Microsoft and Facebook have agreed to build the world’s highest capacity undersea cable between North America and Europe, with data speeds set to reach 160Tbps.

While that’s much faster than the average office or home broadband connection, the cable will be a vital highway for traffic coming from North American data centres to Europe. The data’s journey will take it from Virginia Beach on the west coast of the US to Bilbao in Spain.

Microsoft says that it chose that location for the undersea cable because it will make it more resilient than other undersea cables. Currently existing undersea cables crossing the Atlantic leave the New York/New Jersey region. Bilbao was also chosen as it was a good landing point to access the wider European network – with the cable set to join a network that links Africa, Asia, Europe, the Middle East and North America.

“In order to better serve our customers and provide the type of reliable and low-latency connectivity they deserve, we are continuing to invest in new and innovative ways to continuously upgrade both the Microsoft Cloud and the global Internet infrastructure,” notes Frank Rey, director, global network acquisition, Microsoft Corp.

“This marks an important new step in building the next generation infrastructure of the Internet.”


While Microsoft and Facebook are the ones bearing the cost of the cable, an expense usually endured by traditional telecommunication companies and governments, the two companies won’t be managing the network. That will be the job of Telxius, an infrastructure-focused subsidiary of Telefónica, the Spanish telecom provider which owns O2 UK.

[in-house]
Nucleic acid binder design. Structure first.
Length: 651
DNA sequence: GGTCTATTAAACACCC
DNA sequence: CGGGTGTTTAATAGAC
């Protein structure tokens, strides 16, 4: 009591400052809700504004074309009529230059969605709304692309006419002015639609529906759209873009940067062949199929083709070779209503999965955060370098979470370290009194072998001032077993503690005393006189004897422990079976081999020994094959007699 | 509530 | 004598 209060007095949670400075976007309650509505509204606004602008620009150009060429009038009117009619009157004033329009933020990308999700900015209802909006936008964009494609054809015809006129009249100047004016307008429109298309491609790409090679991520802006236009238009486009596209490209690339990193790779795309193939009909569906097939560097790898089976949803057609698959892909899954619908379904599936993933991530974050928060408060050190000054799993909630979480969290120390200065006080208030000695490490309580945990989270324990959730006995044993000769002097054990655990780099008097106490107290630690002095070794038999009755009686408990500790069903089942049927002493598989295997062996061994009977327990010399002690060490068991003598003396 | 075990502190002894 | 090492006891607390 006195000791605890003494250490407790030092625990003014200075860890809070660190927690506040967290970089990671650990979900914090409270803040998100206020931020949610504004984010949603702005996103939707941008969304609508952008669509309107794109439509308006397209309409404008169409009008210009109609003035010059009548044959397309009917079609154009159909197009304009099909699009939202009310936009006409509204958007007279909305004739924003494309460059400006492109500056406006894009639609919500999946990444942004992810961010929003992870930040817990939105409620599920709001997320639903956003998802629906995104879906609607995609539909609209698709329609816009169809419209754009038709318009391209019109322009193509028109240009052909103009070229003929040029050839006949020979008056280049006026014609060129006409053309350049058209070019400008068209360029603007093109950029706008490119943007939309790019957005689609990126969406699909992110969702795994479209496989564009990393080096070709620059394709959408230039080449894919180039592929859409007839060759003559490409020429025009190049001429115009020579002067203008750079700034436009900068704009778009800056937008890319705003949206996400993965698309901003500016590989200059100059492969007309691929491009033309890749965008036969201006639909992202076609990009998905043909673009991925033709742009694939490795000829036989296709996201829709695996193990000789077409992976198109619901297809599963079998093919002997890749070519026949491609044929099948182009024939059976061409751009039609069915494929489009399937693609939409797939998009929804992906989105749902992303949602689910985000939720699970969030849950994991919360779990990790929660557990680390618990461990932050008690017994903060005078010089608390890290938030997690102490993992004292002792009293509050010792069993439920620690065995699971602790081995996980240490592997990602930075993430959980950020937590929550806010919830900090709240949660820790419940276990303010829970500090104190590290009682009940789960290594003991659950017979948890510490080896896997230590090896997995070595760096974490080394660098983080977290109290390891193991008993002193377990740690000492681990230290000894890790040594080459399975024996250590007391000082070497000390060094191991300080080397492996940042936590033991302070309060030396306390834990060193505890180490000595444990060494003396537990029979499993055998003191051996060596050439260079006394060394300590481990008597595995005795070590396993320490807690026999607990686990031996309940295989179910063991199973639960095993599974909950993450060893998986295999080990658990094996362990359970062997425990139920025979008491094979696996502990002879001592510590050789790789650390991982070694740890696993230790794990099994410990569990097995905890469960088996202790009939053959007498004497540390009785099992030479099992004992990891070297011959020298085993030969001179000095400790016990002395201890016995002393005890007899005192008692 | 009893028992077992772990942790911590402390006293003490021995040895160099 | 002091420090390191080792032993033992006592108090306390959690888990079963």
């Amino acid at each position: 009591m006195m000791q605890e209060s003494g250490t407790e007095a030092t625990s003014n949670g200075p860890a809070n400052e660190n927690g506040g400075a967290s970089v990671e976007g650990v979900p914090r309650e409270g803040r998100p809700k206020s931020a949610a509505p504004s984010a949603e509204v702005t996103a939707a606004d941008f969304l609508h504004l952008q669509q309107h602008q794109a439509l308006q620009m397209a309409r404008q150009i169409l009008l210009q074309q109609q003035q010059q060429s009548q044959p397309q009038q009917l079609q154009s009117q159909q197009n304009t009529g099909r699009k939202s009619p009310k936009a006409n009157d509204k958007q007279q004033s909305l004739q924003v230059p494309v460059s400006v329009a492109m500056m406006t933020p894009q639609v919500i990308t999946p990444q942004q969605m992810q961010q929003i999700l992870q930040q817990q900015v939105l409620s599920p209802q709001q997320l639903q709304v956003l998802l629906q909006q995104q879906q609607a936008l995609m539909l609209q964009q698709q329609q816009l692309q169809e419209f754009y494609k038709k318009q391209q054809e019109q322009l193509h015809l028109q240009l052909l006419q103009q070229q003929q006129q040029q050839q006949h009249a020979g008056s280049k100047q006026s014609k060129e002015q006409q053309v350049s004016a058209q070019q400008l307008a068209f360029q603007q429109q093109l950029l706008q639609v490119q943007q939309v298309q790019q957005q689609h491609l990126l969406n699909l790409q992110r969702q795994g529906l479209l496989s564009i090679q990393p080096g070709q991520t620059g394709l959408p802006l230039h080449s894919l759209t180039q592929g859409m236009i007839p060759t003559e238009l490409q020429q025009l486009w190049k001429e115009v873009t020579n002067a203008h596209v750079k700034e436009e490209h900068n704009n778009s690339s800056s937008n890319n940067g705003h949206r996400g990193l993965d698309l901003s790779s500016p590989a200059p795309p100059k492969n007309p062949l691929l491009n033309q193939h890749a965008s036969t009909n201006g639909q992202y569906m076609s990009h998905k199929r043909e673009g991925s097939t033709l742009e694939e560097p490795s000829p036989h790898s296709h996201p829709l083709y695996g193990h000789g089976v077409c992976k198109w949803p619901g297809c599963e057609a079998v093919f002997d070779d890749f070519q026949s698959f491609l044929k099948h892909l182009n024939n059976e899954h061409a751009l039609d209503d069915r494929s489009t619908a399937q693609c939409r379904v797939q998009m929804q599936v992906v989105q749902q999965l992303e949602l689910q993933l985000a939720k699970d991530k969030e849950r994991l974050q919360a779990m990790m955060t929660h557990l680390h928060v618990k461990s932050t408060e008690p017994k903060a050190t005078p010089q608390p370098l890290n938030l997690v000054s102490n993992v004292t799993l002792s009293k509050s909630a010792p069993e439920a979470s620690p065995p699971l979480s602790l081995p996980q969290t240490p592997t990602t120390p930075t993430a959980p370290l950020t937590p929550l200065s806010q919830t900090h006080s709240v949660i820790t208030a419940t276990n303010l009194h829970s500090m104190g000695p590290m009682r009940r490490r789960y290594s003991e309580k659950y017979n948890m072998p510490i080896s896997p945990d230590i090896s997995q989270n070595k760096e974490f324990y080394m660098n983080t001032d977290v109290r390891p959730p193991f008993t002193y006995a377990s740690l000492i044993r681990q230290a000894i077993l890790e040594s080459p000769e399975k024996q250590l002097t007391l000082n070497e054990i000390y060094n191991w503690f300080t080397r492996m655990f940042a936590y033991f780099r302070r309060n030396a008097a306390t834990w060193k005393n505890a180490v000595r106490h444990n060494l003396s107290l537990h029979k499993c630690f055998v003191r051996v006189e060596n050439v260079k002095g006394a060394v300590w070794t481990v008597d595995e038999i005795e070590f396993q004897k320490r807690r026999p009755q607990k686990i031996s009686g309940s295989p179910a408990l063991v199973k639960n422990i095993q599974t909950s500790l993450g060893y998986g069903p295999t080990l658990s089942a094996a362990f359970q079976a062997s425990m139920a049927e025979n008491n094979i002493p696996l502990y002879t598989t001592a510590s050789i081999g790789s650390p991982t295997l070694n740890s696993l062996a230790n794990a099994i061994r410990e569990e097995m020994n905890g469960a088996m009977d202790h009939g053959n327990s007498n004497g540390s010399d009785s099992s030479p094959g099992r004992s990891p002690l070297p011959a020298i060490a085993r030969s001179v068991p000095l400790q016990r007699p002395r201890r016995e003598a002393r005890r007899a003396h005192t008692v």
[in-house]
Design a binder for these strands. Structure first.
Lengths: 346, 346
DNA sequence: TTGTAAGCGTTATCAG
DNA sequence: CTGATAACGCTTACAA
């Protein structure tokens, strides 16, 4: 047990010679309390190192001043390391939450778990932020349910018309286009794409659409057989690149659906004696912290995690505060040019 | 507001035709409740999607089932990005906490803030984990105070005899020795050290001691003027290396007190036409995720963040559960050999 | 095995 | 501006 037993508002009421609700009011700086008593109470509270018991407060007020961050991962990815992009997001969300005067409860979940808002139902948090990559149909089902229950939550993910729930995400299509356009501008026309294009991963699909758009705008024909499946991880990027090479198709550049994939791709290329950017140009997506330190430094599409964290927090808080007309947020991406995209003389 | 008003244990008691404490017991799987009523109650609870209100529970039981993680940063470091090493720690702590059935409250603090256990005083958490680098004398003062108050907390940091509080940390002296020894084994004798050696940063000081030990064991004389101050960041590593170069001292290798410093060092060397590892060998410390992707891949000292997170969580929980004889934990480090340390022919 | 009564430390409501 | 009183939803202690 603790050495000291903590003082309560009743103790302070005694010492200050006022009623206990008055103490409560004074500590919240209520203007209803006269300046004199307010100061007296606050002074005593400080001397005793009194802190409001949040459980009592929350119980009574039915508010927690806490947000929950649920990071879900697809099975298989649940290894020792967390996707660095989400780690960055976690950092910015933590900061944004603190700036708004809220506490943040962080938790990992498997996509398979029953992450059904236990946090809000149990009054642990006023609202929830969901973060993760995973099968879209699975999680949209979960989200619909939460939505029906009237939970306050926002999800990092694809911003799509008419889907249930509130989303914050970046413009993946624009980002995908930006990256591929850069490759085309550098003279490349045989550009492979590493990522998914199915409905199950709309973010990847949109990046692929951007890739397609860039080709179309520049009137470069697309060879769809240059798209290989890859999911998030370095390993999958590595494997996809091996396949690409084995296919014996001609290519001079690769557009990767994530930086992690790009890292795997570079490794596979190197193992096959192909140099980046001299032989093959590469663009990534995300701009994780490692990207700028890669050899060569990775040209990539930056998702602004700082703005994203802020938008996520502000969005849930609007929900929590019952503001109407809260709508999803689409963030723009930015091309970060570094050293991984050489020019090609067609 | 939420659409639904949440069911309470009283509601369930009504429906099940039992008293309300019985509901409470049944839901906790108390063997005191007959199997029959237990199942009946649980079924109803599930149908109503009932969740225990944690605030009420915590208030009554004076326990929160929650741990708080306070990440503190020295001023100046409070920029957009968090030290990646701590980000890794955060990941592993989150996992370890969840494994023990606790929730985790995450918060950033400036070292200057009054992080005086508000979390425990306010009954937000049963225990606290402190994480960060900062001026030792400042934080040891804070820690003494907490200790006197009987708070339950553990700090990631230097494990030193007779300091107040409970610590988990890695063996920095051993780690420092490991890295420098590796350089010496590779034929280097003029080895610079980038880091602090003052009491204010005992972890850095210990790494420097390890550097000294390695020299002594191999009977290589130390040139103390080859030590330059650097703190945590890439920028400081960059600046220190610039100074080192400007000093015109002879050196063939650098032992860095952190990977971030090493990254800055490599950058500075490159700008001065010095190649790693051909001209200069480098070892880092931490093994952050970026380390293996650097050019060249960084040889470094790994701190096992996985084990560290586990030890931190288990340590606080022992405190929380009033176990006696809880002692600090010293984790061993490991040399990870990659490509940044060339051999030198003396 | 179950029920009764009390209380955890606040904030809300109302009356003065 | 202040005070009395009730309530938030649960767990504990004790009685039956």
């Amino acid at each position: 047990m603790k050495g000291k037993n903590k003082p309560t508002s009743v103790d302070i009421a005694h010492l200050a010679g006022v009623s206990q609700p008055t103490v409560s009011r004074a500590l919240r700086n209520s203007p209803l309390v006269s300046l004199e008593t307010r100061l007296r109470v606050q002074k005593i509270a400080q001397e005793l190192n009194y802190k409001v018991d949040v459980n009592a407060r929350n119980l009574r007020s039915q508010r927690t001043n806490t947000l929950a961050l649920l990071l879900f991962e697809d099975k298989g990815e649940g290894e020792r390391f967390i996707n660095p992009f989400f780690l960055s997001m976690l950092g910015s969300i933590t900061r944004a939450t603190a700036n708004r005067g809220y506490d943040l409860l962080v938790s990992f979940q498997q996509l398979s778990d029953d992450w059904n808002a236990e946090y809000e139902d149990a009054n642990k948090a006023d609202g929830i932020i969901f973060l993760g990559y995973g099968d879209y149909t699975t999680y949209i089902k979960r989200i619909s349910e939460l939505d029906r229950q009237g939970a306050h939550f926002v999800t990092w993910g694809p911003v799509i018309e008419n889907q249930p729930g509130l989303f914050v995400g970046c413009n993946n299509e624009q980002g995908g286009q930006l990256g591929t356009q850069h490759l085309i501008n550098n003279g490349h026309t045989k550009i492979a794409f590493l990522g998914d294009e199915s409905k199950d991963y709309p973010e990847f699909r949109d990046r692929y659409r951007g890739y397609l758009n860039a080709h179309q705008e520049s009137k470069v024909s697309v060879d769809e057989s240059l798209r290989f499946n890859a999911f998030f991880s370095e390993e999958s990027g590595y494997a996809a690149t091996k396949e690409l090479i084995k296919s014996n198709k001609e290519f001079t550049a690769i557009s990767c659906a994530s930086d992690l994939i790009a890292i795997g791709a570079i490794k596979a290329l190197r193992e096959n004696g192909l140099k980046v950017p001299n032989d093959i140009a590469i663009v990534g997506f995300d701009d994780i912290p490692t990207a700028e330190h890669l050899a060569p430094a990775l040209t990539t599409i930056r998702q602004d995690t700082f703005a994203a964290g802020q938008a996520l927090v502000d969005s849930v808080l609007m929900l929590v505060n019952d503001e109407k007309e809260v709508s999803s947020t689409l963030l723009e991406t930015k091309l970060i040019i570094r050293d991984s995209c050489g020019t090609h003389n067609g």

Telxius will be able to sell access to the cable to other companies around the world, with Microsoft and Facebook likely to take a cut – but only two companies will be given VIP access, Microsoft and Facebook.

What that means is that through the use of the undersea cable, Microsoft and Facebook essentially have their own private network between two of the most important continents in the world. That means they will be able to make data transfers between the US and Spain, quicker than any other company.

Of course this new undersea cable isn’t the first, in fact there are over a dozen cables running across the Atlantic. It’s high-speed however could give Facebook and Microsoft exactly what they want to do with Internet-connected services in the future.

Facebook for instance envisions a world where companies can have virtual reality meetings with colleagues across the world – although that will be a considerable use of data. With this high-speed cable, Facebook will have what other VR companies don’t – a dedicated high-speed network between Europe and North America to offer these exact experiences.

Dubbed MAREA, the high-capacity, high-speed undersea cable will not go live until October 2017. Construction of the cable will commence in August 2017 however.

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